chalk poetry stories

queeniebeanie ♤charlie jane lancaster♤
Autoplay OFF   •   9 months ago
A look into why spacing out into nothingness is so appealing.



How bad can a good girl get?

That really is the question.

It always starts with the apathy. It quietly slips itself in, the same way that you don't really notice the sun setting until suddenly you look up and the sky is almost black.

It sets into everything it touches like smoke to damp clothes or blood to a white bedsheet.

Eyelids get heavier and exhales get deeper. Fingers and toes turning into sticks of chalk on a pavement; messy, incoherent patterns left in their wake; every little thing; the small talk, the feigned interest.

The reproachful gaze of worried friends and the number of hours taken to muster up the will required to go for a shower.

All of it, all of the time, wearing away at her chalk hands and feet; gradual erosion followed by the sharp snap as the pavement encounters a wall. Dusty white remnants tell the stories of her efforts on the concrete.

Like breakable sticks of chalk in the hands of a child, it wore her down and down and away and away.

Broken chalk; bearing a striking resemblance to what may be incurred if a heap of bones were to be finely ground into a delicate powder.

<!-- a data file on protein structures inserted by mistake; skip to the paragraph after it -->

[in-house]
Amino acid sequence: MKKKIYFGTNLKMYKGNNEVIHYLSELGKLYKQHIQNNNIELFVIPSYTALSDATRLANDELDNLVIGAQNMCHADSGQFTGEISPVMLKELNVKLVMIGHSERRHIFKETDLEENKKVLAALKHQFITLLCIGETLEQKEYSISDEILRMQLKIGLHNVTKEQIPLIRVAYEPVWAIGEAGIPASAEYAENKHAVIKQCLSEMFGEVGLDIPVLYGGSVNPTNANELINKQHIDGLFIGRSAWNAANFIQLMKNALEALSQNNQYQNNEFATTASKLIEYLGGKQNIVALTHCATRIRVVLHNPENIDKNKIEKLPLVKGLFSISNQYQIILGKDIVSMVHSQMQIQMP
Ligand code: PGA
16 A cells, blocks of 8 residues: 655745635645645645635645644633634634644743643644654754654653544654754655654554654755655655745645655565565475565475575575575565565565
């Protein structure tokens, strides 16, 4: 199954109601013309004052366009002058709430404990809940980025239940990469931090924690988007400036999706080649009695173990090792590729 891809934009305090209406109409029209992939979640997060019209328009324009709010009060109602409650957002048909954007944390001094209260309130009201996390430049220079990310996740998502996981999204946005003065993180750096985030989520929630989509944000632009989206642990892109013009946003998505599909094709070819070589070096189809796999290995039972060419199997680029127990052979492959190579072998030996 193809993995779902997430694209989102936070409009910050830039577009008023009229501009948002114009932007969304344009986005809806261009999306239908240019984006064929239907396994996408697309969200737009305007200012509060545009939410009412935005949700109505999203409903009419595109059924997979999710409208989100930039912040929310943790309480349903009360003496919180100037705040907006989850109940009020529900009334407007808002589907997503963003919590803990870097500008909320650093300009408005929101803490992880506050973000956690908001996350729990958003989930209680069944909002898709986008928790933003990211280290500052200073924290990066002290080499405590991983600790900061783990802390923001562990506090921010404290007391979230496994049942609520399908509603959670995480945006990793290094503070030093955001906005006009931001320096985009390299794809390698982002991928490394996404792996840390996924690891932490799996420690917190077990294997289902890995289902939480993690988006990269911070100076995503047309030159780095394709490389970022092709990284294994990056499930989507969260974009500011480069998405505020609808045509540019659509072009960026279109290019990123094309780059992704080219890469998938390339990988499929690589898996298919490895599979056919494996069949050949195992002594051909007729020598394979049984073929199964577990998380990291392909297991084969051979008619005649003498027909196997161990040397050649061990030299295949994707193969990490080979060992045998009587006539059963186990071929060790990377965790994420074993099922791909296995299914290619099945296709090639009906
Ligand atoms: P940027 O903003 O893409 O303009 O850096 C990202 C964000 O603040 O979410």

And that is what the apathy feels like. Like the process of gradual grinding and erosion until nothing is left; then comes the disassociation.

As in, if my head starts to feel anymore spaced out will NASA try and recruit me for their next mission? As in, did I just spend three hours making intense eye contact with the ceiling or did I imagine all of that?

It's the hours spent wondering if they would love you more if your ribs and hip bones were threatening to burst their way through the skin, or if really, you are as inherently unlovable as rain clouds in July.

Vacant eyes and hollow words, almost doll-like. But at the same time not at all. Dolls are beautiful, adored; useful. It's addictive, feeling lost and empty I mean; if everything feels like it doesn't really exist, and you haven't showered in three days then do your obligations to the world still exist? If my head isn't here then what else actually remains?

But this is how you learned to survive, you learned to hold your own mind and dress your own wounds.

She'll treat you the way she wants someone else to treat her; that's why she always wants to make sure that you're alright. Because no one ever asked her.

And that, is how you know that it is getting bad again. But really none of it happens in that order or in steps; actually, it happens all at once, but isn't that a lot harder to fit into a blank word document?


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